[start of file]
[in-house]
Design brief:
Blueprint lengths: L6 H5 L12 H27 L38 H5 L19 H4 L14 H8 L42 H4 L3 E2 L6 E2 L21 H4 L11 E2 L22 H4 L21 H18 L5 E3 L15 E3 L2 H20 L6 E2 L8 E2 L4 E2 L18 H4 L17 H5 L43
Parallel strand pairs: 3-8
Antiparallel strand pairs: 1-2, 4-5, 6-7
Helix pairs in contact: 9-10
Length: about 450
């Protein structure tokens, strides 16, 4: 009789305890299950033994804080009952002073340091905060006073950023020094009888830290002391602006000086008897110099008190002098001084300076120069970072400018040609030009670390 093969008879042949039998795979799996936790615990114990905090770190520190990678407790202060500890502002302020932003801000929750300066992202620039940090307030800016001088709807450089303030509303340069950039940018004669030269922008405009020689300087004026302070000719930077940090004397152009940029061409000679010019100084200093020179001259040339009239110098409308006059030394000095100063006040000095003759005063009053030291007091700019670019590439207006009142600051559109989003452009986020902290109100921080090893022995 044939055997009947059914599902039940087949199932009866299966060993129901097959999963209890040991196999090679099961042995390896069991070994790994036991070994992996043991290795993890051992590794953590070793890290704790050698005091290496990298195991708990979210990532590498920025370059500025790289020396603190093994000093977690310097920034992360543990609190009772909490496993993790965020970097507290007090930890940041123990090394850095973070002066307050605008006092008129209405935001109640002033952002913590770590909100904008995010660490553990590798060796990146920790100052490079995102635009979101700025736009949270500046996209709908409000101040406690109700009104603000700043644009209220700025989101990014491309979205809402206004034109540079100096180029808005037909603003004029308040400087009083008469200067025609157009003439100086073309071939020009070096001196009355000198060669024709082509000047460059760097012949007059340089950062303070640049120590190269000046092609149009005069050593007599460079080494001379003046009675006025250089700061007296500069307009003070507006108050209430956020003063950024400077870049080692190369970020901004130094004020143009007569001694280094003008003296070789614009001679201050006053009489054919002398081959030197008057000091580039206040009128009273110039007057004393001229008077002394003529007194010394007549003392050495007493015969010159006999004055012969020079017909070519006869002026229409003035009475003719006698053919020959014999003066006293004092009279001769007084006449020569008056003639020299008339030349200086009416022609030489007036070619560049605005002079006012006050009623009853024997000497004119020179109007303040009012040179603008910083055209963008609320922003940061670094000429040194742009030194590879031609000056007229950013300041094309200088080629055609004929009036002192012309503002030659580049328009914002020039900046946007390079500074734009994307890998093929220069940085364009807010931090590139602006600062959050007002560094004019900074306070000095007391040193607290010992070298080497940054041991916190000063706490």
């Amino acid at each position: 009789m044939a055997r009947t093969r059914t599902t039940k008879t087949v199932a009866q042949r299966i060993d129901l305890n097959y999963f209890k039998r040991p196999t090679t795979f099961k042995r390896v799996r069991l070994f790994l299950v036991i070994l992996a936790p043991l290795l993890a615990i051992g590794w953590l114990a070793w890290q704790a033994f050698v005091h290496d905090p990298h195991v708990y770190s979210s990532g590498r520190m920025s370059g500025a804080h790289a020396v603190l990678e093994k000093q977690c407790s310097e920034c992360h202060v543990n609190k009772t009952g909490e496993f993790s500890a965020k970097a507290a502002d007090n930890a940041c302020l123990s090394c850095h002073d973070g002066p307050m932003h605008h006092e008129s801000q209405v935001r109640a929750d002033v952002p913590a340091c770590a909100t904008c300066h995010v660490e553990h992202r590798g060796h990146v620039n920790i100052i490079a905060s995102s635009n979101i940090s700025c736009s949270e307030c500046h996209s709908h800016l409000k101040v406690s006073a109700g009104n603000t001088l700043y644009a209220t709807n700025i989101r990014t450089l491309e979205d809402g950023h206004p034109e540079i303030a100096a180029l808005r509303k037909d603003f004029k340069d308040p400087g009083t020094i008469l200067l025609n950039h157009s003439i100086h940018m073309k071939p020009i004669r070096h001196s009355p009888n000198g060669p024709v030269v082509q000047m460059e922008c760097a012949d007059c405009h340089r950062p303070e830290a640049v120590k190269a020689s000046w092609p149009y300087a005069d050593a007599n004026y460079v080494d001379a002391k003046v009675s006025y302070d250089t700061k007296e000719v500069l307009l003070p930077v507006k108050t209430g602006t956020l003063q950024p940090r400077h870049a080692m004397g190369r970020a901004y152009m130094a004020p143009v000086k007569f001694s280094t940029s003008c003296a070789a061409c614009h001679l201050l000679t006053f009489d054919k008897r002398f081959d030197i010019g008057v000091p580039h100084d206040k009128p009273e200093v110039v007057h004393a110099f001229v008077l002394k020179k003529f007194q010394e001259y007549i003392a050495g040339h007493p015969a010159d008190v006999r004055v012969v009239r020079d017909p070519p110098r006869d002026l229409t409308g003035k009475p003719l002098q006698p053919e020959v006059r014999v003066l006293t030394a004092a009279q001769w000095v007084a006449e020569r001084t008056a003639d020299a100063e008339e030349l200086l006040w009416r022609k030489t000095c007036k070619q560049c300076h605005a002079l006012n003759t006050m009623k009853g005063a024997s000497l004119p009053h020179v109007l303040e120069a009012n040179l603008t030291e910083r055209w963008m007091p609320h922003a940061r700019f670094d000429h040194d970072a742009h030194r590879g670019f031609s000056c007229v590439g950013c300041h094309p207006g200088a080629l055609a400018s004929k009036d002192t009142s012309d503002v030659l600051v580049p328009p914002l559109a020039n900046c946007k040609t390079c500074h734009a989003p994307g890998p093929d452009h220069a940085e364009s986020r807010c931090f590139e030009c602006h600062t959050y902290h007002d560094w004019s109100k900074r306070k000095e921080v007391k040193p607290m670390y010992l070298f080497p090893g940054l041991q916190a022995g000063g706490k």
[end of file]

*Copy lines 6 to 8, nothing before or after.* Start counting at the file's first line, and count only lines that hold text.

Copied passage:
Helix pairs in contact: 9-10
Length: about 450
């Protein structure tokens, strides 16, 4: 009789305890299950033994804080009952002073340091905060006073950023020094009888830290002391602006000086008897110099008190002098001084300076120069970072400018040609030009670390 093969008879042949039998795979799996936790615990114990905090770190520190990678407790202060500890502002302020932003801000929750300066992202620039940090307030800016001088709807450089303030509303340069950039940018004669030269922008405009020689300087004026302070000719930077940090004397152009940029061409000679010019100084200093020179001259040339009239110098409308006059030394000095100063006040000095003759005063009053030291007091700019670019590439207006009142600051559109989003452009986020902290109100921080090893022995 044939055997009947059914599902039940087949199932009866299966060993129901097959999963209890040991196999090679099961042995390896069991070994790994036991070994992996043991290795993890051992590794953590070793890290704790050698005091290496990298195991708990979210990532590498920025370059500025790289020396603190093994000093977690310097920034992360543990609190009772909490496993993790965020970097507290007090930890940041123990090394850095973070002066307050605008006092008129209405935001109640002033952002913590770590909100904008995010660490553990590798060796990146920790100052490079995102635009979101700025736009949270500046996209709908409000101040406690109700009104603000700043644009209220700025989101990014491309979205809402206004034109540079100096180029808005037909603003004029308040400087009083008469200067025609157009003439100086073309071939020009070096001196009355000198060669024709082509000047460059760097012949007059340089950062303070640049120590190269000046092609149009005069050593007599460079080494001379003046009675006025250089700061007296500069307009003070507006108050209430956020003063950024400077870049080692190369970020901004130094004020143009007569001694280094003008003296070789614009001679201050006053009489054919002398081959030197008057000091580039206040009128009273110039007057004393001229008077002394003529007194010394007549003392050495007493015969010159006999004055012969020079017909070519006869002026229409003035009475003719006698053919020959014999003066006293004092009279001769007084006449020569008056003639020299008339030349200086009416022609030489007036070619560049605005002079006012006050009623009853024997000497004119020179109007303040009012040179603008910083055209963008609320922003940061670094000429040194742009030194590879031609000056007229950013300041094309200088080629055609004929009036002192012309503002030659580049328009914002020039900046946007390079500074734009994307890998093929220069940085364009807010931090590139602006600062959050007002560094004019900074306070000095007391040193607290010992070298080497940054041991916190000063706490």